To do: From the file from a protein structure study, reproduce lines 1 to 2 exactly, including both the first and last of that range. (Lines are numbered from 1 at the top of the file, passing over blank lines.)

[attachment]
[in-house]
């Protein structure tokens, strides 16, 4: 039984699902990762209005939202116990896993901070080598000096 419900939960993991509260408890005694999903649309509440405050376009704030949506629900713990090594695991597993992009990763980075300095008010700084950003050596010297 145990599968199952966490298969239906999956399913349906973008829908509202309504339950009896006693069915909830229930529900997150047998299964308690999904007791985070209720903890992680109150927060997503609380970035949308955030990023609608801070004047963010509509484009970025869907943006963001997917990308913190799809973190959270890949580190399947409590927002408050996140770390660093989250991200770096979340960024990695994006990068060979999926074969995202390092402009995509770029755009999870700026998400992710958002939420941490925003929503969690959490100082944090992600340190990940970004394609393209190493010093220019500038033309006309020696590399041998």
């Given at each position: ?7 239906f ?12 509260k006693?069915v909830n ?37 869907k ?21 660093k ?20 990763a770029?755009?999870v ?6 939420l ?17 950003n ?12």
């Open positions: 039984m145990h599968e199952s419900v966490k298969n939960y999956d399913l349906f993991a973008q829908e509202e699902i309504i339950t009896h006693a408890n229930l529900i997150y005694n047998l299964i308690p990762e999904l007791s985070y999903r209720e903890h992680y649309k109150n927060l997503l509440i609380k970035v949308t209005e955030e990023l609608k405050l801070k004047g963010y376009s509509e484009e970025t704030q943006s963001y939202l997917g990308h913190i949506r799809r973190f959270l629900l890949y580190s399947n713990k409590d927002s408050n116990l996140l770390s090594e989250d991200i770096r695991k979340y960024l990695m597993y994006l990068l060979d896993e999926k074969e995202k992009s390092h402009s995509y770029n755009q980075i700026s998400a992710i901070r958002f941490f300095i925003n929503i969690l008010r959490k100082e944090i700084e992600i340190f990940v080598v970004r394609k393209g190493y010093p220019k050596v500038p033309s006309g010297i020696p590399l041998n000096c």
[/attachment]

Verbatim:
[in-house]
């Protein structure tokens, strides 16, 4: 039984699902990762209005939202116990896993901070080598000096 419900939960993991509260408890005694999903649309509440405050376009704030949506629900713990090594695991597993992009990763980075300095008010700084950003050596010297 145990599968199952966490298969239906999956399913349906973008829908509202309504339950009896006693069915909830229930529900997150047998299964308690999904007791985070209720903890992680109150927060997503609380970035949308955030990023609608801070004047963010509509484009970025869907943006963001997917990308913190799809973190959270890949580190399947409590927002408050996140770390660093989250991200770096979340960024990695994006990068060979999926074969995202390092402009995509770029755009999870700026998400992710958002939420941490925003929503969690959490100082944090992600340190990940970004394609393209190493010093220019500038033309006309020696590399041998």